March 2000 - Newsletter

Some Good News For A Change

Bradford Council is planning to put £5million into delegatedschool budgets for the year 2000 – 2001 over and above thecost of pay and price rises.

We have had this assurance from the Chief Executive and theLeader of the Council. We have had a further assurance that itwill not be "top sliced" to meet the costs of budgetdeficits in closing schools or of supernumerary teachers.

The Council is making a promise to increase this by a further£3m in both 2001 – 2002 and 2002 – 2003.

It is at last accompanied by a recognition that Bradford hasbeen historically underspending on education compared with similarauthorities, and compared with what the Government thinks it shouldspend, and a commitment to move further towards appropriate levels.

This increase should mean that when schools get their budgetsshortly, most will show a real increase, allowing the employmentof extra staff. This is the key to completing the placement ofteachers from closing schools.

And Some Bad News As Usual

Performance Pay and Performance Management

As more details of what the Government is planning emerge,it gets worse and worse.

One thing that may not yet have sunk in is that all the bureaucracy,intimidating observation and monitoring, and the embarrassmentof having to blow your own trumpet, that the Government requiresof you to demonstrate that you are a good teacher, does not justapply to teachers applying to go through the threshold. It isproposed that every teacher is subjected to an annual cycle ofPerformance Management including targets set for pupils results,and for carrying out professional development activities.

Eight criteria will now have to be satisfied by those wishingto go ‘through the threshold’. The guidance notes onjust one of these, for pupils’ progress, are a page long. It will be up to you to collect data going back over 2 to 3 yearsto prove that, as a result of your teaching, your pupils make‘progress as good or better than (DfEE English!) similarpupils nationally.’

This one criterion, assuming it can really be applied, woulddebar nearly half of all teachers from the threshold payment,so it is easy to see how a quota is being applied.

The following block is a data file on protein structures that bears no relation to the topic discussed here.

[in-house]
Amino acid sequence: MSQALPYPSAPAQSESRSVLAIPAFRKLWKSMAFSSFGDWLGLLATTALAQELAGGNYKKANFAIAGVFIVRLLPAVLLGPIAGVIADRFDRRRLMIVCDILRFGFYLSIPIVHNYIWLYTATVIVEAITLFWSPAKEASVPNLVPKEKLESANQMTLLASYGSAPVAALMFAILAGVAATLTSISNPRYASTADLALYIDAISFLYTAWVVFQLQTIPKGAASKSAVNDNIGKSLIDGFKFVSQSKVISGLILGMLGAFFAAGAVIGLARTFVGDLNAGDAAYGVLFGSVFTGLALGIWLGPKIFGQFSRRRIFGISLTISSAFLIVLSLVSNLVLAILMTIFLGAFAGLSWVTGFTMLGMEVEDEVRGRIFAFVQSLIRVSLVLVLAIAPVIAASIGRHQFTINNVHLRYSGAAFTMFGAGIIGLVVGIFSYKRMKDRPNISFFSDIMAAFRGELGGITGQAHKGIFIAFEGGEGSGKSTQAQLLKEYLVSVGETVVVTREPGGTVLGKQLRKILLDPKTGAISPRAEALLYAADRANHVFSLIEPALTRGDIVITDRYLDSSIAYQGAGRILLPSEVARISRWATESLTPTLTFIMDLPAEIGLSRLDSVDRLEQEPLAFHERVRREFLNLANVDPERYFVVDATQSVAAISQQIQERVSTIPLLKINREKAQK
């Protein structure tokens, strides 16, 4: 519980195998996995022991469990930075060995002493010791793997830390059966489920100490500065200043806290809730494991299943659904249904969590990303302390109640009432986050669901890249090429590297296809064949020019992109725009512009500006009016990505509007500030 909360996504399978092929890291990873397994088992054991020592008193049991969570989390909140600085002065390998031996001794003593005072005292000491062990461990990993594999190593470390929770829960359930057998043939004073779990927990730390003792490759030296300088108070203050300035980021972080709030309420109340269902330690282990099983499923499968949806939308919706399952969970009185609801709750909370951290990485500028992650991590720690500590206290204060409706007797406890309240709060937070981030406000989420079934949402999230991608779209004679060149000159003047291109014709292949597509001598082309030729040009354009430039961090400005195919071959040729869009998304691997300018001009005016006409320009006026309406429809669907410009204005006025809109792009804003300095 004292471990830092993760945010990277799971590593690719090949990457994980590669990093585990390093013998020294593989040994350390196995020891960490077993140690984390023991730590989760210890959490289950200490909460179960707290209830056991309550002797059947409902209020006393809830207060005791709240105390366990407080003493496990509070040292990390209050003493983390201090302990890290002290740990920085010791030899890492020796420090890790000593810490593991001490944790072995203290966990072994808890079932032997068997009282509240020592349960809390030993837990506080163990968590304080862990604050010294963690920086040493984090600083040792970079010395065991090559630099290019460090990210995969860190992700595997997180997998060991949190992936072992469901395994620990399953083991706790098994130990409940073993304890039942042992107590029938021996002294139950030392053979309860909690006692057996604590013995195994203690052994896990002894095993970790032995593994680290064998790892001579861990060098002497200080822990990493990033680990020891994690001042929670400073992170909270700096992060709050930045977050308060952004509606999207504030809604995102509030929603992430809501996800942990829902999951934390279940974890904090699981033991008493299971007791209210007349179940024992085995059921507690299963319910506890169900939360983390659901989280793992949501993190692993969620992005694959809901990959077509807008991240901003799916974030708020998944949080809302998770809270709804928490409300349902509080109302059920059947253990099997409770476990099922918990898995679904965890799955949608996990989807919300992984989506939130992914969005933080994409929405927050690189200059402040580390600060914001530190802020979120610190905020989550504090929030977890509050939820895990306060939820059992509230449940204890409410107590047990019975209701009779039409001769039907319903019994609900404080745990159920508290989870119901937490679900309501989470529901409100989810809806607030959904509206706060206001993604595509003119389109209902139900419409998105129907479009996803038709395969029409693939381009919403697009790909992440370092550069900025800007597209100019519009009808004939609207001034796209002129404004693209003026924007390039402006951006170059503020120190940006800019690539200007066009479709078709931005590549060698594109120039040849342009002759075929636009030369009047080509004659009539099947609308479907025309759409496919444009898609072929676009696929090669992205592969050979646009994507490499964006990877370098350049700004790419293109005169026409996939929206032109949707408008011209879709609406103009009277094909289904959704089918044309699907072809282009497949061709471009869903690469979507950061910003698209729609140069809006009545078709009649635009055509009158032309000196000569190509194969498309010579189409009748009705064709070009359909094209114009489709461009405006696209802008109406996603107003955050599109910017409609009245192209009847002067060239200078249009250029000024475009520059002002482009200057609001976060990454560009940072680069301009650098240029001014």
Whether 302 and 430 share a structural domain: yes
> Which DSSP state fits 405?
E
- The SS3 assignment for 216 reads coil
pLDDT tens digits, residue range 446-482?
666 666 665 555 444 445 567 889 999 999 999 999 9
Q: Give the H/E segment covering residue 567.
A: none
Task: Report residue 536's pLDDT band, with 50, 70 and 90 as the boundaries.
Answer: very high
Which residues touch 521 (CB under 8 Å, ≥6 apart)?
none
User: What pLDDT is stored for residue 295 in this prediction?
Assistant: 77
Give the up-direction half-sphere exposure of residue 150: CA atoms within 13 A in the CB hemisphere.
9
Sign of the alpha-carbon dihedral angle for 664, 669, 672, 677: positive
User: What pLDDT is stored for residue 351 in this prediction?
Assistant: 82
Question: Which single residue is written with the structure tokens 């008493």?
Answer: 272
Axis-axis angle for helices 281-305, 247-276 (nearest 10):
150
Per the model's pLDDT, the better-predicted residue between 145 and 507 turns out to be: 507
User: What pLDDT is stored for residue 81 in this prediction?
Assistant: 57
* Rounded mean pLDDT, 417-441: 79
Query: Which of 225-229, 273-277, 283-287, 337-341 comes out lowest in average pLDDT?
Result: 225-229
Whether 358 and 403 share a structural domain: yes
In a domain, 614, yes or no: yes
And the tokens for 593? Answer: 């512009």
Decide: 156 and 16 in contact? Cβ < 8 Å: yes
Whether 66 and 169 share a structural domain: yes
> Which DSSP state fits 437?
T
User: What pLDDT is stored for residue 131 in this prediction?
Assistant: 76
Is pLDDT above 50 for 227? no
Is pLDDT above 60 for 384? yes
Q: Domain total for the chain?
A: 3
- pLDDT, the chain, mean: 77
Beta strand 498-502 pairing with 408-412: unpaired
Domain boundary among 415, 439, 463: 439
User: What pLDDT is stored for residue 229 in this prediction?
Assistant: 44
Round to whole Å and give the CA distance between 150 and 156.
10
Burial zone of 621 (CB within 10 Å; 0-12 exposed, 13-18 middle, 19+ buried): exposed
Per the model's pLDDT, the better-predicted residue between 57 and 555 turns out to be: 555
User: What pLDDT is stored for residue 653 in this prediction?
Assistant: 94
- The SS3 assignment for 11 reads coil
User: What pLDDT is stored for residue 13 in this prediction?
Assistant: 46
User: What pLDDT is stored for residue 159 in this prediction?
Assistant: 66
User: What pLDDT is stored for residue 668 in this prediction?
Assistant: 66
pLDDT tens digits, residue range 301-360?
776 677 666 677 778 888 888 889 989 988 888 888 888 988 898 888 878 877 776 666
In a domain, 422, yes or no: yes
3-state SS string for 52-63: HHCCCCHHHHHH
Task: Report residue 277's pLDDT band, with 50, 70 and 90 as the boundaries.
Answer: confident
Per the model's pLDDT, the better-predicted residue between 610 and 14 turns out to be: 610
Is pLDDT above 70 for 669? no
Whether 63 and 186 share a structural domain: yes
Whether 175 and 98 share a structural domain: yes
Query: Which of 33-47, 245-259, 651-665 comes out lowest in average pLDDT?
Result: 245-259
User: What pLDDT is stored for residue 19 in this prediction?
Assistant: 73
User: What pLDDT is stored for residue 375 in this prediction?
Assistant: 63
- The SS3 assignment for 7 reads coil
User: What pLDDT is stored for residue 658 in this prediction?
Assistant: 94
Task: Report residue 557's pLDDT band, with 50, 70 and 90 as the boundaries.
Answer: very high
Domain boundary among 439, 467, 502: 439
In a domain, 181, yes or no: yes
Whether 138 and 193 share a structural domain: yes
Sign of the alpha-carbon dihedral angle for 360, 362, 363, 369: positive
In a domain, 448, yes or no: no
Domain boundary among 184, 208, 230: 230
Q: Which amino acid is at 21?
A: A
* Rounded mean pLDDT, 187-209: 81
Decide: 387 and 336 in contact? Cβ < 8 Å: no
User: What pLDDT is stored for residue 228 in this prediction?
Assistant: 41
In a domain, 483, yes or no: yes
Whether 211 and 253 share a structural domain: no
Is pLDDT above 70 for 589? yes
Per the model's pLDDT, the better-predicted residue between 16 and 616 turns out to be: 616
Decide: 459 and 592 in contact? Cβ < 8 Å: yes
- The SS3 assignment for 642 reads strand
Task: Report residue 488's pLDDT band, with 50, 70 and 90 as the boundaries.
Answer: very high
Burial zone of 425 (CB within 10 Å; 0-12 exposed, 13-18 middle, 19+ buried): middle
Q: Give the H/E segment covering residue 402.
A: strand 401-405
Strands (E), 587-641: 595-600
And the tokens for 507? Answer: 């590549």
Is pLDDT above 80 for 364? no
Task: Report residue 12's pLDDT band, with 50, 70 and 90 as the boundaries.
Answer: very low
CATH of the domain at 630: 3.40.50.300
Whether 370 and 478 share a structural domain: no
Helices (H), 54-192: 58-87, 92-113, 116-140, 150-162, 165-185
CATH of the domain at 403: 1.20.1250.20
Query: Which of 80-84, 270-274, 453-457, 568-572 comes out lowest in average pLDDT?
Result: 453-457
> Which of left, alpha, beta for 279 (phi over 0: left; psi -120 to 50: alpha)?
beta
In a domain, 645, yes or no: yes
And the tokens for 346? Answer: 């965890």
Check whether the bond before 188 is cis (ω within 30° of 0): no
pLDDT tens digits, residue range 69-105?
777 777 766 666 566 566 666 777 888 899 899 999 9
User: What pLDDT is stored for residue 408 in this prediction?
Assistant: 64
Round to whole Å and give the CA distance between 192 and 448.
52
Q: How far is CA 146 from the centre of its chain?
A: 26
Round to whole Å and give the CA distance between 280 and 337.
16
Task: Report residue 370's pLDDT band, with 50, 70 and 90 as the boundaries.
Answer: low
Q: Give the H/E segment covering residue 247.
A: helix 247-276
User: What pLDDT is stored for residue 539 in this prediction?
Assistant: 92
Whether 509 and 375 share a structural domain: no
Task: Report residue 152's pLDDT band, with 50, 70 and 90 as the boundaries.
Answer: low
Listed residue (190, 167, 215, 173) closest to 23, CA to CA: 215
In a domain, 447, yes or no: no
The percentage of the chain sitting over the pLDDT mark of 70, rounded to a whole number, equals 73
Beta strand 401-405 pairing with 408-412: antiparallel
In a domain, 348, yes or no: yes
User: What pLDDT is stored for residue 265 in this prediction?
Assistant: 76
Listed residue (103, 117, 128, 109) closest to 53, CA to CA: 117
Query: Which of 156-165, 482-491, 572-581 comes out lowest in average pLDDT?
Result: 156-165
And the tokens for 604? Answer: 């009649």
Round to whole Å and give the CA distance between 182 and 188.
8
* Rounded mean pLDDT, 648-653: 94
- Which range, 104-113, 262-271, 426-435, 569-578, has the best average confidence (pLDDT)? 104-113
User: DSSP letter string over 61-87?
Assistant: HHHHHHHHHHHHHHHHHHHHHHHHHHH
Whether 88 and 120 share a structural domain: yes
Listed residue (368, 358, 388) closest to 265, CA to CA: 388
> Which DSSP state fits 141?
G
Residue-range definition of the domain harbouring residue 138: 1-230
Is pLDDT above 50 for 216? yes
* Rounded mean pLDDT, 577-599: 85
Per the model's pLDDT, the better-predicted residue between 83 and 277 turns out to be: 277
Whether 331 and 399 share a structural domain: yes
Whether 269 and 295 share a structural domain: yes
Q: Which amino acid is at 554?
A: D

More than 20 Bradford NUT members took part in a very successfuldemonstration in London against the Government’s plans. More activities are in the pipeline.

The Union will shortly be surveying you on your willingnessto take part in some of them. Please vote, and vote YES.

We will be holding a meeting later this term to look at bothhow we can campaign against this new system and get £2,000for all teachers, and at what applying to go through the thresholdthis year will involve.

How Temporary is a Temporary Classroom?

Most of the Building Programme for the Bradford Schools Reorganisationis being organised for the Council by a Managing Partner –a building company shortly to be appointed.

The fact that this appointment has still not been made meansthat very few schools will have new permanent accommodation forSeptember 2000.

The Council is now saying that only ‘the majority’of work will be completed even by 2002.

This means that some schools will be living with temporaryaccommodation – either mobile classrooms or split sites –for 3 years or more. This makes it particularly important thatthese ‘temporary’ arrangements are both adequate andsafe. We are doing our best to monitor them.

If you believe there is a problem at your school, contact ourHealth and Safety Adviser, Miriam Murch, at the NUT Office.

If you are in a Voluntary Aided or Foundation school in whichbuilding work is planned or is taking place, the Council’sHealth and Safety and Buildings departments will not have beeninvolved, and the NUT will not have been automatically consultedon the safety of arrangements. If you are in such a school andhave concerns, it is particularly important that you contact us.

Doing An Induction Year?

Your NUT Rep has a survey form we would like you to fill in. If you feel your induction is not progressing satisfactorily,please contact the Bradford NUT Office. We are here to help.
Code of Practice for Inspections

We have just agreed with the LEA a new Code of Practice forSchool Visits by Education Inspector/Advisers and have sent acopy to all school reps.. These visits can be very stressful forteachers and the code clearly puts the onus on Inspector/Advisersto do all they can to minimise stress and gives them the aim of ensuring that staff feel supported.

The code puts certain responsibilities with the headteacher. Before a visit takes place the headteacher should communicatethe arrangements and purpose of the visit to staff, fully informingteachers who are to be observed the purpose of this and the arrangementsfor feedback on their work. If you are informed of a visit butare not given sufficient information to be clear what is to happenor if you are dissatisfied with the timetable and arrangementsfor your feedback please contact this office.

You are entitled to individual oral feedback that should beat least as full as that given to your headteacher or line manager.The feedback should be fair and honest, identifying and congratulatingsuccess as well as what needs to be improved and ways in whichthis might be achieved.

We don’t pretend that this new code will solve the problemof overly stressful visits by Inspector/Advisers but it shouldgive a better basis for addressing it. Please let us know howthese visits are progressing – good and bad reports helpto give us a rounded picture. Expect to be treated as a professionaland contact us immediately if you are not.


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